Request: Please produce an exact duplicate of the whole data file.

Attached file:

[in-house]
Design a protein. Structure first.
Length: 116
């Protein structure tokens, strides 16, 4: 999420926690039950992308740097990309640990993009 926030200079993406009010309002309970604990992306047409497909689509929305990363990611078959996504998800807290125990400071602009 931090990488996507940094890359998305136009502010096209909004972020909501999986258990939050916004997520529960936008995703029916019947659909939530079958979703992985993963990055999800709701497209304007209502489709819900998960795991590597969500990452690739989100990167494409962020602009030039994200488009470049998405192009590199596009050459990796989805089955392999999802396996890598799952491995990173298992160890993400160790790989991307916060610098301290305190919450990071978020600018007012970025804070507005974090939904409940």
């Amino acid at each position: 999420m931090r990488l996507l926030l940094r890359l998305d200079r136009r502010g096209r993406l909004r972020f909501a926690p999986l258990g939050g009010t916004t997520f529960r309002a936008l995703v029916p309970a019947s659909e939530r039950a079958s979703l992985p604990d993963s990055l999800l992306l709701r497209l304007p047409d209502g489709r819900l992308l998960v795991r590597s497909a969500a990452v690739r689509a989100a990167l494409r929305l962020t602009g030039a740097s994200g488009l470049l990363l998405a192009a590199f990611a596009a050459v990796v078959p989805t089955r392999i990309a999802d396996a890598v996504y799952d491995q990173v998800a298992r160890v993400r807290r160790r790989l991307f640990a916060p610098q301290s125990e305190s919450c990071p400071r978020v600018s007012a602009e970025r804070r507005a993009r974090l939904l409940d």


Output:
[in-house]
Design a protein. Structure first.
Length: 116
């Protein structure tokens, strides 16, 4: 999420926690039950992308740097990309640990993009 926030200079993406009010309002309970604990992306047409497909689509929305990363990611078959996504998800807290125990400071602009 931090990488996507940094890359998305136009502010096209909004972020909501999986258990939050916004997520529960936008995703029916019947659909939530079958979703992985993963990055999800709701497209304007209502489709819900998960795991590597969500990452690739989100990167494409962020602009030039994200488009470049998405192009590199596009050459990796989805089955392999999802396996890598799952491995990173298992160890993400160790790989991307916060610098301290305190919450990071978020600018007012970025804070507005974090939904409940």
């Amino acid at each position: 999420m931090r990488l996507l926030l940094r890359l998305d200079r136009r502010g096209r993406l909004r972020f909501a926690p999986l258990g939050g009010t916004t997520f529960r309002a936008l995703v029916p309970a019947s659909e939530r039950a079958s979703l992985p604990d993963s990055l999800l992306l709701r497209l304007p047409d209502g489709r819900l992308l998960v795991r590597s497909a969500a990452v690739r689509a989100a990167l494409r929305l962020t602009g030039a740097s994200g488009l470049l990363l998405a192009a590199f990611a596009a050459v990796v078959p989805t089955r392999i990309a999802d396996a890598v996504y799952d491995q990173v998800a298992r160890v993400r807290r160790r790989l991307f640990a916060p610098q301290s125990e305190s919450c990071p400071r978020v600018s007012a602009e970025r804070r507005a993009r974090l939904l409940d």